“They push the updates down to the machines as if they are operating in their own environment,” Baird says. “[Updates] don’t have to be blessed. If it operates in their environment, it will operate in ours.”

The new system boosts efficiency for the airlines, and also makes life easier for passengers. The system is embedded with the flight information display system so that any changes are immediately displayed to customers. Outdoor fixed digital signage also helps to minimize confusion.

Secure Facilities


Average percentage of airport revenue spent on IT

SOURCE: SITA 2012 Airport IT Trends Survey

Security is also top of mind for airport IT projects. For example, the Minneapolis–St. Paul International Airport recently embarked on a $20 million high-definition surveillance project to retire aging CCTV cameras.

“We decided we needed to replace the whole system,” says David Ruch, director of information services for the Metropolitan Airports Commission in Minneapolis. The airport’s legacy analog CCTV system had quality issues as well as spotty coverage. The IT team is now deploying back-end hardware and video-management software from Verint Systems and is about halfway finished with that implementation. Next will come camera replacement, with the final phase of the rollout expected to be complete by the end of 2015, Ruch says.

One wouldn’t normally think of security as something that enhances the passenger experience, but it does so by preventing security breaches. That was the goal Ruch had in mind when he sought advanced surveillance and analytics capabilities for the video system.

“We have software that will evaluate the video stream in real time and assess the activity. It can raise an alarm if something appears to be suspicious,” Ruch says. “People can be tracked from camera to camera with facial recognition. We can track people who are going against the flow of traffic.”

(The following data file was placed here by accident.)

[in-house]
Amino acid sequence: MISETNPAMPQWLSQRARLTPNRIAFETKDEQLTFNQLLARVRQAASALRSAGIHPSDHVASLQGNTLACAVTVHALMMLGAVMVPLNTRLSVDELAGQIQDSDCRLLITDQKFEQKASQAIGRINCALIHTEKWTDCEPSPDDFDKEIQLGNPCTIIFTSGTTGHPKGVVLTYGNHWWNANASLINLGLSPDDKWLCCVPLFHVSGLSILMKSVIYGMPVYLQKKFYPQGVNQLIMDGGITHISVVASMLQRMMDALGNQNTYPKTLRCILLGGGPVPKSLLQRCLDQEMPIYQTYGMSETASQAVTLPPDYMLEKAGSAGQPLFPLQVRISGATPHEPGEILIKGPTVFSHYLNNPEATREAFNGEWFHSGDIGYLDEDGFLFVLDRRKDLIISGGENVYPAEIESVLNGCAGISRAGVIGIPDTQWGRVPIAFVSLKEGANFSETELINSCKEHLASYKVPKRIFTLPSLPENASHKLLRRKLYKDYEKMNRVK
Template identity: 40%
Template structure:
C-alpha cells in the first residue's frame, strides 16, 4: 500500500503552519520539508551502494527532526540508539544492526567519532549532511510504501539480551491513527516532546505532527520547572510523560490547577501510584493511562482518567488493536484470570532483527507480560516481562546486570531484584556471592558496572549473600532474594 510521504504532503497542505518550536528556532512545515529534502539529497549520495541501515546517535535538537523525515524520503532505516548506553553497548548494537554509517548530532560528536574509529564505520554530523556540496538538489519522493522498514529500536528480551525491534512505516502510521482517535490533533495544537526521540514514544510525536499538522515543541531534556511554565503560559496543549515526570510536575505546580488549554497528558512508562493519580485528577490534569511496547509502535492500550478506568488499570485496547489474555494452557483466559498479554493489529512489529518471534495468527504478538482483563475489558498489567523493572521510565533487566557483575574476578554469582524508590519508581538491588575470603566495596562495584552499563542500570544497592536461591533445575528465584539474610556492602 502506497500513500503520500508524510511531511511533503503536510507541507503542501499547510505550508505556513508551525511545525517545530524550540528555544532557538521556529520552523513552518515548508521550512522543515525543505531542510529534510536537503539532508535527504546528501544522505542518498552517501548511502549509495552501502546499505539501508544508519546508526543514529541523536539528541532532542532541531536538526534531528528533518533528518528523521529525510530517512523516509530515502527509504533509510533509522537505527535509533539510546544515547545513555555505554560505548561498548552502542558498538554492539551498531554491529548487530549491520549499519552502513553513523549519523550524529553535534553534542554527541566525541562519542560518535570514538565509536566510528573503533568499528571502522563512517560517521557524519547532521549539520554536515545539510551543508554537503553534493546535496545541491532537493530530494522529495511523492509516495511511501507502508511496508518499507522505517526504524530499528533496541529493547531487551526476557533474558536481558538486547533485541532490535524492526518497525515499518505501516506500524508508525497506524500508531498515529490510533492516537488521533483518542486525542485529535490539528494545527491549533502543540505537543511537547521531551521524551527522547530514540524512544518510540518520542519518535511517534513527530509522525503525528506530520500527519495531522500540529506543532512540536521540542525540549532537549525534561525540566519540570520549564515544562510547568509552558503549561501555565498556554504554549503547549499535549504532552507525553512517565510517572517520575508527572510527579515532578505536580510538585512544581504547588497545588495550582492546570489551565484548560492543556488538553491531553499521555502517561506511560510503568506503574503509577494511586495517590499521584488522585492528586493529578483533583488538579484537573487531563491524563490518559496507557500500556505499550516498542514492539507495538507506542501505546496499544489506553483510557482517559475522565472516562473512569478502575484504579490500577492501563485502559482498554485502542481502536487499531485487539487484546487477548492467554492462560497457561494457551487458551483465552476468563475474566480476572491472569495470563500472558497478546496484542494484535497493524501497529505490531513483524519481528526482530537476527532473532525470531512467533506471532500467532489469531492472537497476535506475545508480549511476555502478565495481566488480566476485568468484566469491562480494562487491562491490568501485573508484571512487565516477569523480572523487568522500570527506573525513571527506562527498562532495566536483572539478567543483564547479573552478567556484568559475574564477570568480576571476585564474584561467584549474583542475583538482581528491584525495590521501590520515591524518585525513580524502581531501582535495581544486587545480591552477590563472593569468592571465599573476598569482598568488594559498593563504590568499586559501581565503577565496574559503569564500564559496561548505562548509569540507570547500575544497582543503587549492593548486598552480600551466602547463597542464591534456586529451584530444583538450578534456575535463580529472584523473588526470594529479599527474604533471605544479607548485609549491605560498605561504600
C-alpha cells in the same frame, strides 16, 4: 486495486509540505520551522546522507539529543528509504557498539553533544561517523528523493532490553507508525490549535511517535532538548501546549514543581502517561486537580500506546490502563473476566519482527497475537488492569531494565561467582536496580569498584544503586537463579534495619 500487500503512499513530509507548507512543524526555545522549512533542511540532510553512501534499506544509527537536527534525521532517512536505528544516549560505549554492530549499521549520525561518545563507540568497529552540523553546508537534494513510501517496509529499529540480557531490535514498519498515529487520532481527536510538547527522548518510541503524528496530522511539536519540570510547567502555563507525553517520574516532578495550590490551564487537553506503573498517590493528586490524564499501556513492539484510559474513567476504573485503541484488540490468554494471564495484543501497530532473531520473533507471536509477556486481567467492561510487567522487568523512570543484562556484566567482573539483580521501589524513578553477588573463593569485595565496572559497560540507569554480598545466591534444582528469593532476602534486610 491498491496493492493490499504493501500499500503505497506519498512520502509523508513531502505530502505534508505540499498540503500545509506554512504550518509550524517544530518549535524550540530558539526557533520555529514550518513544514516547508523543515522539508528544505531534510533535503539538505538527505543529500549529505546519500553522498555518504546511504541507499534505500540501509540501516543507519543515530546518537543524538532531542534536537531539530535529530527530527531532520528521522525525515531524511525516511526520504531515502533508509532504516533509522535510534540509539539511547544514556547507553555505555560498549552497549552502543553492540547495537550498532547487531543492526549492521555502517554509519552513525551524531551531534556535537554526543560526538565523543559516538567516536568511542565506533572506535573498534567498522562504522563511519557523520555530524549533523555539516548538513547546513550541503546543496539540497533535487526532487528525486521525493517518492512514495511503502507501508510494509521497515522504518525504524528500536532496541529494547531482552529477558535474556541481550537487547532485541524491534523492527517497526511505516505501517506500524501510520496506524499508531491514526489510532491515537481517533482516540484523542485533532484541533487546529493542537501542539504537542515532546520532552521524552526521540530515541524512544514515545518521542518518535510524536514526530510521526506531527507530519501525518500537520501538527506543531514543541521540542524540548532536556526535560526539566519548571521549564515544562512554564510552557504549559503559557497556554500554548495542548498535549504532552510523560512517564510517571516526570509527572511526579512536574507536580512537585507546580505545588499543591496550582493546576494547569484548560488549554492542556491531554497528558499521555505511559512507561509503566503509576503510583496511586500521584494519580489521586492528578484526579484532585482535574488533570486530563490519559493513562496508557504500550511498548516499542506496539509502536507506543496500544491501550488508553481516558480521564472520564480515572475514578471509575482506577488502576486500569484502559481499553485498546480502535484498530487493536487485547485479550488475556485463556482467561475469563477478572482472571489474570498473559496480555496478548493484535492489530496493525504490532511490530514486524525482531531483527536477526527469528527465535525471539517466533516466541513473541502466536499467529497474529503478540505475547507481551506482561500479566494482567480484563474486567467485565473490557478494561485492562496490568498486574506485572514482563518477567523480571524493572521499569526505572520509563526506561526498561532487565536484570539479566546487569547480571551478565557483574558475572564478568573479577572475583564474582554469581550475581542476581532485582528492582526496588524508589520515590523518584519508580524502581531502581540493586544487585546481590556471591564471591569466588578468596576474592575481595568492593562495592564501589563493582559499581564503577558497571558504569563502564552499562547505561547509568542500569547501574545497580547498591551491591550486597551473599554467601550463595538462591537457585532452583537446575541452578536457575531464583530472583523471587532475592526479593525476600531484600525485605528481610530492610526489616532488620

It’s nice to have a relaxing meal at the airport and make it through screening checkpoints quickly, but avoiding security issues also makes for a better travel experience.

San Luis Obispo Saves with Solar Parking Kiosks

Technology investments need not be glamorous to improve life for airport passengers. Case in point: California’s San Luis Obispo Airport, which last year replaced its paper-permit parking-payment system with solar-powered kiosks.

The airport purchased 12 stand-alone, pay-in-advance parking-payment kiosks from Digital Payment Technologies. “Prior to this, we were using paper permits,” says Richard C. Howell, general manager of the San Luis Obispo County Regional/Oceano airports. “Customers would fill it out, leave part on their dashboard and drop part of it off in the terminal.”

The imperfect system left ample opportunity to cheat, which meant the airport lost money and had to make up those costs elsewhere. Rather than invest $200,000 to $500,000 to install a traditional swing-arm parking payment system, the airport spent about $100,000 for the units.

Implementation was straightforward. “The kiosks are solar powered, so we did not have to run any power to them,” Howell notes. The system communicates over a Wi-Fi network. When the software is upgraded, passengers who are delayed out of town will be able to add money via their smartphones.

Howell believes this capability will make life easier for passengers. “Our goal was to update our system to make travel from the airport more convenient for our community, and we believe we accomplished that.”

Feb 27 2013